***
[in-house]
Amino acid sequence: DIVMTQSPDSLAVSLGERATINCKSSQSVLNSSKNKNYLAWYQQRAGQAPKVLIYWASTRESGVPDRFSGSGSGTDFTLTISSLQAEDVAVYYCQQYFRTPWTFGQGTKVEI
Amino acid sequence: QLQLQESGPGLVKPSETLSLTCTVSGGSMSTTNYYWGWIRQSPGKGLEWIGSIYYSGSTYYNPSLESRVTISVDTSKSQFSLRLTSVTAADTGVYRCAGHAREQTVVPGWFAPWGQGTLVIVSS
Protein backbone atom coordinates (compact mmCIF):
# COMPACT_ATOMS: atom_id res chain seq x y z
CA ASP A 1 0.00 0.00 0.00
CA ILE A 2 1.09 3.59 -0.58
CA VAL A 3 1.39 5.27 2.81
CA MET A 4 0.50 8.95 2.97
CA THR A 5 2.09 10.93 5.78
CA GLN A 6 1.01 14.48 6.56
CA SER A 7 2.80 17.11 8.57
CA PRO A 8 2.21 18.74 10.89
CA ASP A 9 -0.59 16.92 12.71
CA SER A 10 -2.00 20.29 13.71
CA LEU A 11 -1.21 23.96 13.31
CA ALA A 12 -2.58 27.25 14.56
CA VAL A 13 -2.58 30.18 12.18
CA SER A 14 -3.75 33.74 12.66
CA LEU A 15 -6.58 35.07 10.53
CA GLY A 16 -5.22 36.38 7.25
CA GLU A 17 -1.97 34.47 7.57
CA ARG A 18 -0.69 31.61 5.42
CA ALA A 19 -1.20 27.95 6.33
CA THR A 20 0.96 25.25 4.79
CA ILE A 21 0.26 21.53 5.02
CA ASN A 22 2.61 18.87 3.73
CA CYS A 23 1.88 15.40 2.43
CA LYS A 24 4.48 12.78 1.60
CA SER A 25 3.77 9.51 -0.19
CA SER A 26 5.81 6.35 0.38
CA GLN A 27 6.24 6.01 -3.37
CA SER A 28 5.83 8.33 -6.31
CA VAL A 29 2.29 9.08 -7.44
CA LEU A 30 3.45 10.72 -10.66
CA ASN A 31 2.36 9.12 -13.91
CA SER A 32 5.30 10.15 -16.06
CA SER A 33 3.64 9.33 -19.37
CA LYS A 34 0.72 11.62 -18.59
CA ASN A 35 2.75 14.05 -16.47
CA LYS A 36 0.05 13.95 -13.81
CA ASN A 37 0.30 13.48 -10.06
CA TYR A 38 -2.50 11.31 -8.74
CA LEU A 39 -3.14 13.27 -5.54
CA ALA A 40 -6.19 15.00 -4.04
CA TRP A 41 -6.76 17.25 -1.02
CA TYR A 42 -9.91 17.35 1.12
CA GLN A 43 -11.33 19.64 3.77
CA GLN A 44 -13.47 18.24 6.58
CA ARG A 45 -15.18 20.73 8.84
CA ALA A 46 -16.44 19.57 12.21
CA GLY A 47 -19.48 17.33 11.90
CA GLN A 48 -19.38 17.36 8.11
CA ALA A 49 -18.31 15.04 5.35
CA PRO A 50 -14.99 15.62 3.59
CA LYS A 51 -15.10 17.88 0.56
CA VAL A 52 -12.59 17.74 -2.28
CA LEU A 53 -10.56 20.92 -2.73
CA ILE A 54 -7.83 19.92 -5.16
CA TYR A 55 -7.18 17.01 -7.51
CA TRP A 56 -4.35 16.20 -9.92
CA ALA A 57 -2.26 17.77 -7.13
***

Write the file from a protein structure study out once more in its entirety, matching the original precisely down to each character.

[in-house]
Amino acid sequence: DIVMTQSPDSLAVSLGERATINCKSSQSVLNSSKNKNYLAWYQQRAGQAPKVLIYWASTRESGVPDRFSGSGSGTDFTLTISSLQAEDVAVYYCQQYFRTPWTFGQGTKVEI
Amino acid sequence: QLQLQESGPGLVKPSETLSLTCTVSGGSMSTTNYYWGWIRQSPGKGLEWIGSIYYSGSTYYNPSLESRVTISVDTSKSQFSLRLTSVTAADTGVYRCAGHAREQTVVPGWFAPWGQGTLVIVSS
Protein backbone atom coordinates (compact mmCIF):
# COMPACT_ATOMS: atom_id res chain seq x y z
CA ASP A 1 0.00 0.00 0.00
CA ILE A 2 1.09 3.59 -0.58
CA VAL A 3 1.39 5.27 2.81
CA MET A 4 0.50 8.95 2.97
CA THR A 5 2.09 10.93 5.78
CA GLN A 6 1.01 14.48 6.56
CA SER A 7 2.80 17.11 8.57
CA PRO A 8 2.21 18.74 10.89
CA ASP A 9 -0.59 16.92 12.71
CA SER A 10 -2.00 20.29 13.71
CA LEU A 11 -1.21 23.96 13.31
CA ALA A 12 -2.58 27.25 14.56
CA VAL A 13 -2.58 30.18 12.18
CA SER A 14 -3.75 33.74 12.66
CA LEU A 15 -6.58 35.07 10.53
CA GLY A 16 -5.22 36.38 7.25
CA GLU A 17 -1.97 34.47 7.57
CA ARG A 18 -0.69 31.61 5.42
CA ALA A 19 -1.20 27.95 6.33
CA THR A 20 0.96 25.25 4.79
CA ILE A 21 0.26 21.53 5.02
CA ASN A 22 2.61 18.87 3.73
CA CYS A 23 1.88 15.40 2.43
CA LYS A 24 4.48 12.78 1.60
CA SER A 25 3.77 9.51 -0.19
CA SER A 26 5.81 6.35 0.38
CA GLN A 27 6.24 6.01 -3.37
CA SER A 28 5.83 8.33 -6.31
CA VAL A 29 2.29 9.08 -7.44
CA LEU A 30 3.45 10.72 -10.66
CA ASN A 31 2.36 9.12 -13.91
CA SER A 32 5.30 10.15 -16.06
CA SER A 33 3.64 9.33 -19.37
CA LYS A 34 0.72 11.62 -18.59
CA ASN A 35 2.75 14.05 -16.47
CA LYS A 36 0.05 13.95 -13.81
CA ASN A 37 0.30 13.48 -10.06
CA TYR A 38 -2.50 11.31 -8.74
CA LEU A 39 -3.14 13.27 -5.54
CA ALA A 40 -6.19 15.00 -4.04
CA TRP A 41 -6.76 17.25 -1.02
CA TYR A 42 -9.91 17.35 1.12
CA GLN A 43 -11.33 19.64 3.77
CA GLN A 44 -13.47 18.24 6.58
CA ARG A 45 -15.18 20.73 8.84
CA ALA A 46 -16.44 19.57 12.21
CA GLY A 47 -19.48 17.33 11.90
CA GLN A 48 -19.38 17.36 8.11
CA ALA A 49 -18.31 15.04 5.35
CA PRO A 50 -14.99 15.62 3.59
CA LYS A 51 -15.10 17.88 0.56
CA VAL A 52 -12.59 17.74 -2.28
CA LEU A 53 -10.56 20.92 -2.73
CA ILE A 54 -7.83 19.92 -5.16
CA TYR A 55 -7.18 17.01 -7.51
CA TRP A 56 -4.35 16.20 -9.92
CA ALA A 57 -2.26 17.77 -7.13